In 2017, the ADM Works team was approached by the Sierra Nevada Corporation, an esteemed national security contractor looking to fabricate a full-size, lightweight training aircraft. The model, whose objective was to accommodate a pilot as well as be easily disassembled in order for easy transportation to air shows around the world, was meant to act as a direct competitor to Textron’s “Scorpion” model. In response to the industry’s objective of lowering operating expenses, the training aircraft utilized business jet engines as a means of propulsion. The finished aircraft, designated the “Freedom Trainer”, included a full interior, three weapon stations per wing, a weapons station underneath the fuselage, a full array of lights, and horizontal stabilizers capable of full rotation. Excluding the tire and wheels, the aircraft was manufactured completely in-house by ADM in under five months.
Sierra Nevada Corporation (SNC)
Utilizing unfinished surface models provided by the client, initial molds were made. Preliminary steps were taken to design inner structures of the aircraft using CATIA V5 modeling software, and design decisions were further verified through subsequent finite element analysis processes (FEA) in order to ensure that the client’s objectives of strength and weight reduction were met. Once molds were complete, the team laid up the outer skin of the aircraft and used the molds as assembly fixtures for all the bones. All components for the “Freedom Trainer” were then manufactured, and the aircraft was painted. Assembly of the interior, landing gears, wings, vertical stabilizers, and horizontal stabilizers concluded this stage of the project.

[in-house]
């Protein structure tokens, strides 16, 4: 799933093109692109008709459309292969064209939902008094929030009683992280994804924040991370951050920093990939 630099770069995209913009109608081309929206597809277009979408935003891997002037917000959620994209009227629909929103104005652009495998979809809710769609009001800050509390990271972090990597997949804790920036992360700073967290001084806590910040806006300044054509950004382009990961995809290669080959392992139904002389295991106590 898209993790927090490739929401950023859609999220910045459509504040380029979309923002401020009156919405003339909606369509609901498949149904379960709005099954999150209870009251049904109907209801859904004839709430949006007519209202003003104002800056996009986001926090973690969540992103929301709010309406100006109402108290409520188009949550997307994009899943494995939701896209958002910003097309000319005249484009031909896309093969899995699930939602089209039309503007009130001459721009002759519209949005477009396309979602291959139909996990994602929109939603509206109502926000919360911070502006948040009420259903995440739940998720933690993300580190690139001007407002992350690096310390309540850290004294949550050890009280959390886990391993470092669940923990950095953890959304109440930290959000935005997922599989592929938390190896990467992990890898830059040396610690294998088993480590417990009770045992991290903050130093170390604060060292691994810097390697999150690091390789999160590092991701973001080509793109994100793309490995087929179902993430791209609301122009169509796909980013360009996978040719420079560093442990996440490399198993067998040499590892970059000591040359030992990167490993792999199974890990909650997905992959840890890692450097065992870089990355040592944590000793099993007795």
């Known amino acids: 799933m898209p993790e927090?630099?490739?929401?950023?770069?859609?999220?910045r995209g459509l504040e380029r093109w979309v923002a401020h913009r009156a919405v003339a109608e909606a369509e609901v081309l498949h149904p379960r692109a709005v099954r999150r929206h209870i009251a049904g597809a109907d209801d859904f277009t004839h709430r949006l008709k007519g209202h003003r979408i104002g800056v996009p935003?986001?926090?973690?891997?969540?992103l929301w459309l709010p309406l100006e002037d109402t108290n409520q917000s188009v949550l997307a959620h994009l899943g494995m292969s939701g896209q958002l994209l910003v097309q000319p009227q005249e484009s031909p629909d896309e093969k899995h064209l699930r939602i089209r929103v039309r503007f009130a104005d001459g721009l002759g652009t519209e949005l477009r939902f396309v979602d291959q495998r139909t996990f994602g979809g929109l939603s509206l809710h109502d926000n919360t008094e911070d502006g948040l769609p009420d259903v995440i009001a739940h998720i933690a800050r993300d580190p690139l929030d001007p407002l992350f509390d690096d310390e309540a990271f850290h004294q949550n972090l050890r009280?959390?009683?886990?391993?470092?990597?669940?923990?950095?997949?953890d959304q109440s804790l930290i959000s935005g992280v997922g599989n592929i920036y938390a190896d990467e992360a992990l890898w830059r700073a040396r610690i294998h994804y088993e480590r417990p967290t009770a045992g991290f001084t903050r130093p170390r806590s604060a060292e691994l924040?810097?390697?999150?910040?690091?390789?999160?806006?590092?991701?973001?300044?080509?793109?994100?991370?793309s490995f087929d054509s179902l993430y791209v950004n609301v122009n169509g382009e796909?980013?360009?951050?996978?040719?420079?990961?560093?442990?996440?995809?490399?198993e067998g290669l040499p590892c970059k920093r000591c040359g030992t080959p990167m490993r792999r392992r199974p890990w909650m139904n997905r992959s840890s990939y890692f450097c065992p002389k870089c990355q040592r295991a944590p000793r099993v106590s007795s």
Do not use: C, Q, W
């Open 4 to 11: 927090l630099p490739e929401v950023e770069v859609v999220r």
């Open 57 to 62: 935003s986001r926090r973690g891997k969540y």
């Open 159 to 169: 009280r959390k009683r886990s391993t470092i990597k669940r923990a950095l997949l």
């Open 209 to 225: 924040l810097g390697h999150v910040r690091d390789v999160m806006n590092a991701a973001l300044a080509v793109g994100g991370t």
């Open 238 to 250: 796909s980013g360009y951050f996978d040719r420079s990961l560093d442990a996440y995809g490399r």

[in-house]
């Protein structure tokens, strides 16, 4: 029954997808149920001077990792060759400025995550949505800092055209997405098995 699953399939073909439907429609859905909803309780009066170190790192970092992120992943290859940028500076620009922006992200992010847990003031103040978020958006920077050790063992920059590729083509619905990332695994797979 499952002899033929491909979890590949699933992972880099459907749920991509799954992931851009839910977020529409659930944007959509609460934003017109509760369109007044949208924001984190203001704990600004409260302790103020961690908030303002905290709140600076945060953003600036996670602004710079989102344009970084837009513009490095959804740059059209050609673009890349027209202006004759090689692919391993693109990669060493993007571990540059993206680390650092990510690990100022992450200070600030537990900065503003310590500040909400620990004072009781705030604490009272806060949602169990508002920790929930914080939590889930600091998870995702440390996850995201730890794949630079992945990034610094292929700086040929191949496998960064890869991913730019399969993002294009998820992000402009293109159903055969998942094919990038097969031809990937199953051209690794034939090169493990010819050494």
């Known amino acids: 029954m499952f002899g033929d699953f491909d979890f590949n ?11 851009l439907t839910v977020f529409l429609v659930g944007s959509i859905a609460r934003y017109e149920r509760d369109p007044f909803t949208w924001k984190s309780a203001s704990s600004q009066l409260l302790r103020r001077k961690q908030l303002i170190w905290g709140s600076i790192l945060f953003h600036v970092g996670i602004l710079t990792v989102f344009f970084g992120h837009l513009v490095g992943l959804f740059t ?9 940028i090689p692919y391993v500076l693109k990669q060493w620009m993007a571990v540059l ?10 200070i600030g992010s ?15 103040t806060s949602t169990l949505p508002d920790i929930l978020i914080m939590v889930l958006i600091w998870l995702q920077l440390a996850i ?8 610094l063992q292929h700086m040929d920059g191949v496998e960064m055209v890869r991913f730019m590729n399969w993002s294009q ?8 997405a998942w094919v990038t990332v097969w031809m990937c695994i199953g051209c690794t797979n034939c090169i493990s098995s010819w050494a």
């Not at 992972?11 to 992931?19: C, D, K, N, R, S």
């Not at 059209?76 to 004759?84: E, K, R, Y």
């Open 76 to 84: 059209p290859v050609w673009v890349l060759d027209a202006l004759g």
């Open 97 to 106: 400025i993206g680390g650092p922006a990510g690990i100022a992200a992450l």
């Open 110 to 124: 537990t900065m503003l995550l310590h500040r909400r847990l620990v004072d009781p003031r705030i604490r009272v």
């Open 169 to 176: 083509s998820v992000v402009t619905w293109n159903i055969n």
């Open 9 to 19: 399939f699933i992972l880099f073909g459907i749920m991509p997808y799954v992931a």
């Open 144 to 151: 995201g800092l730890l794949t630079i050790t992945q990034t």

Shown above: a collection of molds produced for the SNC “Freedom Trainer” aircraft.
Coming in at around 37 feet long, the team was tasked with creating two custom shipping containers that could be used to safely transport the finished aircraft. In order to accommodate the size of the fuselage, the landing gears had to be made removable for transportation purposes. Along with all of the major airplane components, the team proceeded to custom make hoists for the main landing gear installations, along with wing-mounting fixtures lining the interiors of the containers. Due to height and width restrictions, the aforementioned landing gear assembly and nose cone were removed prior to transport. The final aircraft was then lowered into position using a dual-forklift setup which allowed for support and movement throughout the loading process. Soon thereafter, the SNC’s new training aircraft arrived safely to a facility where it was then re-assembled, serviced, and ready for duty.